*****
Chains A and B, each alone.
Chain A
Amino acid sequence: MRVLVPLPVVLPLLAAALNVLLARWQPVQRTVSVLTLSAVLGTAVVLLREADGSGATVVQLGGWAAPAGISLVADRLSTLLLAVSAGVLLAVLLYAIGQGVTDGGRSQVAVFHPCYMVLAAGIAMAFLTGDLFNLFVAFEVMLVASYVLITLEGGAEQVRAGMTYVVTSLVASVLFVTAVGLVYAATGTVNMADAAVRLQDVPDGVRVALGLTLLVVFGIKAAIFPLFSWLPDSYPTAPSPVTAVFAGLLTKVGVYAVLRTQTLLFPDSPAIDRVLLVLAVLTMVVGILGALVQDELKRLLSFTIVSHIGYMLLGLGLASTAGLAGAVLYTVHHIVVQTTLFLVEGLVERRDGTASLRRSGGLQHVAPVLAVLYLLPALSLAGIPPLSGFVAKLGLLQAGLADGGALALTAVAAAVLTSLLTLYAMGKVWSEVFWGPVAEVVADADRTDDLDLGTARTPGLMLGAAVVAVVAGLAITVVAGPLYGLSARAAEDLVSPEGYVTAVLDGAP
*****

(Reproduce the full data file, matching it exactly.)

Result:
Chains A and B, each alone.
Chain A
Amino acid sequence: MRVLVPLPVVLPLLAAALNVLLARWQPVQRTVSVLTLSAVLGTAVVLLREADGSGATVVQLGGWAAPAGISLVADRLSTLLLAVSAGVLLAVLLYAIGQGVTDGGRSQVAVFHPCYMVLAAGIAMAFLTGDLFNLFVAFEVMLVASYVLITLEGGAEQVRAGMTYVVTSLVASVLFVTAVGLVYAATGTVNMADAAVRLQDVPDGVRVALGLTLLVVFGIKAAIFPLFSWLPDSYPTAPSPVTAVFAGLLTKVGVYAVLRTQTLLFPDSPAIDRVLLVLAVLTMVVGILGALVQDELKRLLSFTIVSHIGYMLLGLGLASTAGLAGAVLYTVHHIVVQTTLFLVEGLVERRDGTASLRRSGGLQHVAPVLAVLYLLPALSLAGIPPLSGFVAKLGLLQAGLADGGALALTAVAAAVLTSLLTLYAMGKVWSEVFWGPVAEVVADADRTDDLDLGTARTPGLMLGAAVVAVVAGLAITVVAGPLYGLSARAAEDLVSPEGYVTAVLDGAP